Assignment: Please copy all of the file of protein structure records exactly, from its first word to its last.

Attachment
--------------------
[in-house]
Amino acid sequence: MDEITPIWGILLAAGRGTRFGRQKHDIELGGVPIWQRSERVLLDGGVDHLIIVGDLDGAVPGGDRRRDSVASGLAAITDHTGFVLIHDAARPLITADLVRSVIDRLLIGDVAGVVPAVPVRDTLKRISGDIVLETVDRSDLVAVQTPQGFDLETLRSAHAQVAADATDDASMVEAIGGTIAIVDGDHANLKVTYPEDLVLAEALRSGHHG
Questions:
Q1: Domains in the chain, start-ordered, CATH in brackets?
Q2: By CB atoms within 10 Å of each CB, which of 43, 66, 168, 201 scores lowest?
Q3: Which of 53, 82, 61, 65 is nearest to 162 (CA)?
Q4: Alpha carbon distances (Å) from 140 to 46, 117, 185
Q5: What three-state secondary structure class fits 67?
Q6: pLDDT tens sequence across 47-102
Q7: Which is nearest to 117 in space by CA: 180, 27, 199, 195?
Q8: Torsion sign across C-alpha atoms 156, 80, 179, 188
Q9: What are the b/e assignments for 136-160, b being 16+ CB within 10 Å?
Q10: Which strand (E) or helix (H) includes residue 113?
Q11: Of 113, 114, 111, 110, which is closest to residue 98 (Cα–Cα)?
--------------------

[in-house]
Amino acid sequence: MDEITPIWGILLAAGRGTRFGRQKHDIELGGVPIWQRSERVLLDGGVDHLIIVGDLDGAVPGGDRRRDSVASGLAAITDHTGFVLIHDAARPLITADLVRSVIDRLLIGDVAGVVPAVPVRDTLKRISGDIVLETVDRSDLVAVQTPQGFDLETLRSAHAQVAADATDDASMVEAIGGTIAIVDGDHANLKVTYPEDLVLAEALRSGHHG
Questions:
Q1: Domains in the chain, start-ordered, CATH in brackets?
Q2: By CB atoms within 10 Å of each CB, which of 43, 66, 168, 201 scores lowest?
Q3: Which of 53, 82, 61, 65 is nearest to 162 (CA)?
Q4: Alpha carbon distances (Å) from 140 to 46, 117, 185
Q5: What three-state secondary structure class fits 67?
Q6: pLDDT tens sequence across 47-102
Q7: Which is nearest to 117 in space by CA: 180, 27, 199, 195?
Q8: Torsion sign across C-alpha atoms 156, 80, 179, 188
Q9: What are the b/e assignments for 136-160, b being 16+ CB within 10 Å?
Q10: Which strand (E) or helix (H) includes residue 113?
Q11: Of 113, 114, 111, 110, which is closest to residue 98 (Cα–Cα)?